U.S. stock investors have been enjoying an extended period of low volatility and steady gains, but with the Federal Reserve on track to raise interest rates this year and major indexes near records, the market could get a bit choppier in coming weeks. Fed Chair Janet Yellen on Friday said she expected the U.S. central bank to raise rates in 2015, though the process was expected to be gradual, with the timing of the first hike dependent on the strength of economic data. Some weak reports have pushed back the expected lift-off, but Yellen's words suggest the Fed is still headed to rate increases later this year.
By Jonathan Spicer and Michael Flaherty PROVIDENCE, R.I. (Reuters) - Federal Reserve Chair Janet Yellen was clearer than ever on Friday that the central bank was poised to raise interest rates this year, as the U.S. economy was set to bounce back from an early-year slump and as headwinds at home and abroad waned. Yellen spoke amid growing concern at the Fed about volatility in financial markets once it begins to raise rates, and a desire to begin coaxing skeptical investors toward accepting the inevitable: that a 6-1/2-year stretch of near-zero interest rates would soon end. In a speech to a business group in Providence, Rhode Island, Yellen said she expected the world's largest economy to strengthen after a slowdown due to "transitory factors" in recent months, and noted that some of the weakness might be due to "statistical noise." The confident tone suggested the Fed wants to set the stage as early as possible for its first rate rise in nearly a decade, with Yellen stressing that monetary policy must get out ahead of an economy whose future looks bright.
WASHINGTON (Reuters) - U.S. Justice Department investigators have identified criminal wrongdoing in General Motors Co's failure to disclose a defective ignition switch, and they are negotiating what is expected to be a record penalty, the New York Times reported on Friday. Citing people briefed on the inquiry, the Times said a settlement could be reached as soon as this summer. The final number is still being negotiated, but it is expected to exceed the $1.2 billion paid last year by Toyota for concealing unintended acceleration problems, according to the newspaper. ...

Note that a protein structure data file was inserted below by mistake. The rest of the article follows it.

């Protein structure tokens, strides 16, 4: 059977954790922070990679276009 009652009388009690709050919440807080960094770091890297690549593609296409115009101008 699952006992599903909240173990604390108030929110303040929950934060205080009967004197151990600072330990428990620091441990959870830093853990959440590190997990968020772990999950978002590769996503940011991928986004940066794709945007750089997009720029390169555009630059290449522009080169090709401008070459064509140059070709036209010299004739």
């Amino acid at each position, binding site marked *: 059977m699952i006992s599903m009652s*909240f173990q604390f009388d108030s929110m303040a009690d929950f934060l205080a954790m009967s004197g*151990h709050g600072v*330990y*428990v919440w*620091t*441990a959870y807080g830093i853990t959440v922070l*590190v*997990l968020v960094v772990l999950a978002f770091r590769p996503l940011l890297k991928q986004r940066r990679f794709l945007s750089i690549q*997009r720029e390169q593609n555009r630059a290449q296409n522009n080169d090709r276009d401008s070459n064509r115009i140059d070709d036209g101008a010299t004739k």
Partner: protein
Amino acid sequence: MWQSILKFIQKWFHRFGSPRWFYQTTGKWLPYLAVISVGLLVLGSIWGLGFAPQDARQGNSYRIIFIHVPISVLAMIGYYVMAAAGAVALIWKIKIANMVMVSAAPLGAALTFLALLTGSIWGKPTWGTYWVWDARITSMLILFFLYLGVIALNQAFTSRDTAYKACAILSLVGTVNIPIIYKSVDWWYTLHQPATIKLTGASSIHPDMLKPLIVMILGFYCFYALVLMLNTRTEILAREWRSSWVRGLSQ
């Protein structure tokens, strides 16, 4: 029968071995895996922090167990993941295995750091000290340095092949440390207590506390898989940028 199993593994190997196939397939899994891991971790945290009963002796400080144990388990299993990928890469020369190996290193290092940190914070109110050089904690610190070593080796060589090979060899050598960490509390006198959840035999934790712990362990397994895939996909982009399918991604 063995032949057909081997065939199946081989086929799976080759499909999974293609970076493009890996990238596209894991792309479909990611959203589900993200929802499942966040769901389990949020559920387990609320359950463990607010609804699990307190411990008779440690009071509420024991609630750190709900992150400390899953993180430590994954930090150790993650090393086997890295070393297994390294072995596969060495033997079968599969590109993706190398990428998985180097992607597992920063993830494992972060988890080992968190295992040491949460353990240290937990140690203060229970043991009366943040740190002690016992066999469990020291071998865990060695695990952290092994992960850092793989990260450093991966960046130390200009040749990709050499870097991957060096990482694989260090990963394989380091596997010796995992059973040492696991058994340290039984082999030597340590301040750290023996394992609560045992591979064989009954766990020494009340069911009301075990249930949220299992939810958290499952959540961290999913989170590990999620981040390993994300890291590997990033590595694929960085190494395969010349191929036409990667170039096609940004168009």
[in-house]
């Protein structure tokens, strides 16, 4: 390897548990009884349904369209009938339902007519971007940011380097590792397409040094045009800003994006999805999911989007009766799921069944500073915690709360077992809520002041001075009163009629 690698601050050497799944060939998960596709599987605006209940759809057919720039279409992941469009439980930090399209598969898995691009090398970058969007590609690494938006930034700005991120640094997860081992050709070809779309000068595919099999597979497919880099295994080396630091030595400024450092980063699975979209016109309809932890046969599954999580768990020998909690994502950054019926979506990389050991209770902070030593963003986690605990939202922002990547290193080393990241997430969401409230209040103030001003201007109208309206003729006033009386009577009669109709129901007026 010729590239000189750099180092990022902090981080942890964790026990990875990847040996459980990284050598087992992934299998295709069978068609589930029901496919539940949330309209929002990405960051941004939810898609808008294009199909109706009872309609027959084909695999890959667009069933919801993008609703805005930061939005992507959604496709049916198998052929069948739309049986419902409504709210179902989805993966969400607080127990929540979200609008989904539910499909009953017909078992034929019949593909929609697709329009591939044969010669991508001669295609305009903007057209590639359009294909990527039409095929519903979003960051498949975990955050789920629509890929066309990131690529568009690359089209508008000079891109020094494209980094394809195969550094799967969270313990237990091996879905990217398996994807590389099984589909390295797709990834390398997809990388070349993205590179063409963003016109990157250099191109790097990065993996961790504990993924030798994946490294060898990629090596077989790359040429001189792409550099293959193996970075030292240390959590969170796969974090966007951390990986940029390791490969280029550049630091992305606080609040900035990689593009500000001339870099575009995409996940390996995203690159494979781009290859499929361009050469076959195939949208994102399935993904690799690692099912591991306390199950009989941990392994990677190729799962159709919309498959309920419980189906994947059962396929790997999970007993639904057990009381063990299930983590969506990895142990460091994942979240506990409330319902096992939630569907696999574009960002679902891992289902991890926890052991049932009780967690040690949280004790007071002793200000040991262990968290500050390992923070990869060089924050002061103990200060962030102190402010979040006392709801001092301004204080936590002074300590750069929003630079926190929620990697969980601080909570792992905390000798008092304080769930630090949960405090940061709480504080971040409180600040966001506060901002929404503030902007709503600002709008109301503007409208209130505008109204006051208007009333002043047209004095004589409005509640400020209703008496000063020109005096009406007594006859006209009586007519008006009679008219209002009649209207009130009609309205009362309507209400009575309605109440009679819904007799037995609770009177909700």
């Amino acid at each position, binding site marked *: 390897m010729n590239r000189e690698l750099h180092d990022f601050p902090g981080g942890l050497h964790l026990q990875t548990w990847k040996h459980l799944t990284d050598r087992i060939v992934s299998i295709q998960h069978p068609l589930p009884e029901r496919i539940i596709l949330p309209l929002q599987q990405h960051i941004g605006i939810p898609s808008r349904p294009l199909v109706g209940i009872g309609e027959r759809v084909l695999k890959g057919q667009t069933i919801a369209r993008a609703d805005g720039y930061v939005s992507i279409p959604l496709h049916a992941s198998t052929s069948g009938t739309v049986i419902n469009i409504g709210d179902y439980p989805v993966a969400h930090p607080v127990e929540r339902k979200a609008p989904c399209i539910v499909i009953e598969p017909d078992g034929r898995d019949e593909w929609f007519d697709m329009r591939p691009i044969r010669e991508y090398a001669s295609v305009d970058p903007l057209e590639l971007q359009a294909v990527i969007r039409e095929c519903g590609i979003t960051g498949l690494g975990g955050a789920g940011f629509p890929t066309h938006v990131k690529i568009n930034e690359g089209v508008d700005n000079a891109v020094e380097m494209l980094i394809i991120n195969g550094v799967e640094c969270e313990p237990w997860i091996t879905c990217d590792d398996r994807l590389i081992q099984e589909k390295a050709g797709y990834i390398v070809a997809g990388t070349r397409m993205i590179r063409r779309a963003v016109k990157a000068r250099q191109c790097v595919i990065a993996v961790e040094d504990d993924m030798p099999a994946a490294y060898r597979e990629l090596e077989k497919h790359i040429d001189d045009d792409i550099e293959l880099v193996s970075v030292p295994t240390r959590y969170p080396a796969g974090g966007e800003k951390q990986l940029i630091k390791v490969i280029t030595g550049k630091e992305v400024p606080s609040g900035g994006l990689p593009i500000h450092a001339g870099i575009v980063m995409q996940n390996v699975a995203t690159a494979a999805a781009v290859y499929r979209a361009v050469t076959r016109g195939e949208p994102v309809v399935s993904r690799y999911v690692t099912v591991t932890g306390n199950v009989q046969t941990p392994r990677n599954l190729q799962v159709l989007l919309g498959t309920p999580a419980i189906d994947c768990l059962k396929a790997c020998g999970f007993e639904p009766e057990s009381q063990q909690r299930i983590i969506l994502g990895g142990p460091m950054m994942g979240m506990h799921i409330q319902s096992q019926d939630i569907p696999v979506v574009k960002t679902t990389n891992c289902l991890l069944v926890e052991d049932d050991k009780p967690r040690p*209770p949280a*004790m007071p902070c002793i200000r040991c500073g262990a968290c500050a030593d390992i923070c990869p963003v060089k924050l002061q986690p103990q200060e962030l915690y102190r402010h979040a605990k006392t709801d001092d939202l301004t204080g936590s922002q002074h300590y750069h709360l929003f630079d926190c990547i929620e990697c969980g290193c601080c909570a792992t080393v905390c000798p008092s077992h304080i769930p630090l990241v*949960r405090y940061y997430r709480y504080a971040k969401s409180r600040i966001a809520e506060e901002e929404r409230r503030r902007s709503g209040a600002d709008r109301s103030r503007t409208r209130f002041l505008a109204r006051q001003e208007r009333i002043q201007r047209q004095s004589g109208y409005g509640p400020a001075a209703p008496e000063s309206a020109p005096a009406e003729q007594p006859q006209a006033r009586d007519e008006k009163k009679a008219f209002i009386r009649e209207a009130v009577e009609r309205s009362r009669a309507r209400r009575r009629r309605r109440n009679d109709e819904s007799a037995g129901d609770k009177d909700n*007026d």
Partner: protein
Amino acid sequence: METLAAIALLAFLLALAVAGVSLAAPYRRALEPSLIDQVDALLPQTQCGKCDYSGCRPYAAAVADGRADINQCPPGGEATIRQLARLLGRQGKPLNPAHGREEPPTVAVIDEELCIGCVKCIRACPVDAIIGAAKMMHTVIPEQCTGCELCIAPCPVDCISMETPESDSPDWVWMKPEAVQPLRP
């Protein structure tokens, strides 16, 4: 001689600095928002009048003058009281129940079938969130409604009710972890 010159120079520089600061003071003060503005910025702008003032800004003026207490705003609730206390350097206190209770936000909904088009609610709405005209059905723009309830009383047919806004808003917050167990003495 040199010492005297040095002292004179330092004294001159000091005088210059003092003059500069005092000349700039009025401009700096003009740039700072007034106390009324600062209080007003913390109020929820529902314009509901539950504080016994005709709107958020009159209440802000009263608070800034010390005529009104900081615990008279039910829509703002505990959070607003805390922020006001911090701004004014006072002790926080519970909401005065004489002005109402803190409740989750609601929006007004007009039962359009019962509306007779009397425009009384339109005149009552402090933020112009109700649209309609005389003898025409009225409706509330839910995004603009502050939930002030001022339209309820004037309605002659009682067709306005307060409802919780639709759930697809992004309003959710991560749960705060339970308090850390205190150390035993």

By Liana B. Baker and Claire Ruckin SAN FRANCISCO/LONDON (Reuters) - French telecommunications group Altice SA is talking to several banks about raising debt for a potential bid for Time Warner Cable Inc, the second-largest U.S. cable operator, according to people familiar with the matter. The talks are an important step for Altice in putting together a bid for Time Warner Cable, which is also being courted by Charter Communications Inc after Comcast Corp abandoned its $45.2 billion offer for Time Warner Cable last month over U.S. antitrust concerns. Altice is in discussions with banks including JPMorgan Chase & Co, Nomura Co Ltd, BNP Paribas SA, Societe Generale, Barclays Plc and Royal Bank of Canada about a financing package to support a proposed acquisition, the people said.
Rising shelter and medical care costs boosted underlying U.S. inflation pressures in April, a welcome sign for the Federal Reserve as it contemplates raising interest rates this year. The Labor Department said on Friday its Consumer Price Index, excluding food and energy, increased 0.3 percent last month. It was the largest rise in the so-called core CPI since January 2013 and followed a 0.2 percent gain in March.